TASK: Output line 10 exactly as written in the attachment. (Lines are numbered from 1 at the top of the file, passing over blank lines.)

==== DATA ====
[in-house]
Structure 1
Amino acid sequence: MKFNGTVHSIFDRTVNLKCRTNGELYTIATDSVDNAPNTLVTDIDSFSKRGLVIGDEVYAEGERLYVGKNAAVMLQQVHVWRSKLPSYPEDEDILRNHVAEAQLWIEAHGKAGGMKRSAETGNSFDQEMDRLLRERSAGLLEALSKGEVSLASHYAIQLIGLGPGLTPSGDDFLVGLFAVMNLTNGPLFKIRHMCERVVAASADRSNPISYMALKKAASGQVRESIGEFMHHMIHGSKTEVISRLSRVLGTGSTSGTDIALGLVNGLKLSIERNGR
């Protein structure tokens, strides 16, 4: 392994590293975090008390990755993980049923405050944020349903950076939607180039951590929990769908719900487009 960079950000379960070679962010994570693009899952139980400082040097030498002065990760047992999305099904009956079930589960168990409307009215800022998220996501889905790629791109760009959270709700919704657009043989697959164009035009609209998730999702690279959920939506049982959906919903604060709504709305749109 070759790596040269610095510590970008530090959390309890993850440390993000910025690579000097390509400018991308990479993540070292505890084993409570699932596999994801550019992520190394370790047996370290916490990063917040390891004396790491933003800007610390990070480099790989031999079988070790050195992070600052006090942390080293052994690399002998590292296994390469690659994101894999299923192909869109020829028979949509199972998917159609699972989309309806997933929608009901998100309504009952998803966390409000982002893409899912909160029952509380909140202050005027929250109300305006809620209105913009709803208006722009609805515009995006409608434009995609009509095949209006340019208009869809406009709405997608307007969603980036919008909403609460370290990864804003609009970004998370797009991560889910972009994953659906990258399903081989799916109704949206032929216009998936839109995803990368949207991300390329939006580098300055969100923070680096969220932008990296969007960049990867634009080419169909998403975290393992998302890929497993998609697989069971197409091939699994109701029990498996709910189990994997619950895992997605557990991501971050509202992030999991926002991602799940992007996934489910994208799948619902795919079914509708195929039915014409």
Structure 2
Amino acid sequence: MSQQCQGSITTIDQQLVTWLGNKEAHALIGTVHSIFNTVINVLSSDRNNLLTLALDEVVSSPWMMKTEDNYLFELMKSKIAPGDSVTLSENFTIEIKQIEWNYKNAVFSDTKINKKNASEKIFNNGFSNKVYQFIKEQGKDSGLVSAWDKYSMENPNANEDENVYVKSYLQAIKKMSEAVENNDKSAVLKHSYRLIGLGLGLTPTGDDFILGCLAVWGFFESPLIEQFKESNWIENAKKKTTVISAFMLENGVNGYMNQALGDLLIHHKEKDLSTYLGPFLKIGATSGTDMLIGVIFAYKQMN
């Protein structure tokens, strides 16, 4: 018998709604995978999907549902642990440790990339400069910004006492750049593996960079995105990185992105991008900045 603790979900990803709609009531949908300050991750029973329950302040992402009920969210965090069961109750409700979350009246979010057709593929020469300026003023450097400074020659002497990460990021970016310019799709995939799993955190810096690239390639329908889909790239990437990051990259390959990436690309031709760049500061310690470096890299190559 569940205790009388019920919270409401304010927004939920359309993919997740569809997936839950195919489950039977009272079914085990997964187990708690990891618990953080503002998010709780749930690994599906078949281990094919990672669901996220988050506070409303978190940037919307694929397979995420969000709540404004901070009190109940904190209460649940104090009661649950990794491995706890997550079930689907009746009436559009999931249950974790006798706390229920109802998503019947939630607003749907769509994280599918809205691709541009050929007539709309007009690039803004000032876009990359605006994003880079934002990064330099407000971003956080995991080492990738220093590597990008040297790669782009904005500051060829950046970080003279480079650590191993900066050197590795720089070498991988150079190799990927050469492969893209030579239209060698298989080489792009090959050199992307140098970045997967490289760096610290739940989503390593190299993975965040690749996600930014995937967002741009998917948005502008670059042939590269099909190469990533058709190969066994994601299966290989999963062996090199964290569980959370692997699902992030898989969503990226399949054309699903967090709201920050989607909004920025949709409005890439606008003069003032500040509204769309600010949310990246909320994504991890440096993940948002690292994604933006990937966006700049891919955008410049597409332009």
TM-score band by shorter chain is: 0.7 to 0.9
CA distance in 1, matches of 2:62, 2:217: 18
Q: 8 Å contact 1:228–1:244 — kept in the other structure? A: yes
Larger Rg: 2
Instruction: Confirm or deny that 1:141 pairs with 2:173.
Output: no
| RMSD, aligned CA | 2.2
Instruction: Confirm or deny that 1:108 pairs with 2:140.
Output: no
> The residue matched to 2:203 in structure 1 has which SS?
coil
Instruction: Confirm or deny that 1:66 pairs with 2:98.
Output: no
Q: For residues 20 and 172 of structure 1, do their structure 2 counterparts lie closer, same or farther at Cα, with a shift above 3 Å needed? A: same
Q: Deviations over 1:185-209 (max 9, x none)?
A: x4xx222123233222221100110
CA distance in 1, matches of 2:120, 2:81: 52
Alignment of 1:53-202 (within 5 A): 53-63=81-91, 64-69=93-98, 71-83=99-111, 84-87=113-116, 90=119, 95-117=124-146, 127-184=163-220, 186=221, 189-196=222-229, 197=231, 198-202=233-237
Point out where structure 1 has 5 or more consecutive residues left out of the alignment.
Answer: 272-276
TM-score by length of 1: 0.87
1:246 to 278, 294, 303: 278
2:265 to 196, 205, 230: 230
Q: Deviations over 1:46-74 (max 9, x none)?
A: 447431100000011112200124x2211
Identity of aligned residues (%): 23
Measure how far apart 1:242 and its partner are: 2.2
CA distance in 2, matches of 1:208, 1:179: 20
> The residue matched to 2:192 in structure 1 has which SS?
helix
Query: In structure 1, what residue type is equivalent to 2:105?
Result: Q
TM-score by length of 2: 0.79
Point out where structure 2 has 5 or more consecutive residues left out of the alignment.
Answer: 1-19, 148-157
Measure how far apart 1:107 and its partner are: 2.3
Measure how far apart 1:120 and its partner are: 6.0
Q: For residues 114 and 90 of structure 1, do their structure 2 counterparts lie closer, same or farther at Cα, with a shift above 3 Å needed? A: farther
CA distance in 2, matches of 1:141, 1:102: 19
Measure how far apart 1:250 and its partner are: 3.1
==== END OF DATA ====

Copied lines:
Q: 8 Å contact 1:228–1:244 — kept in the other structure? A: yes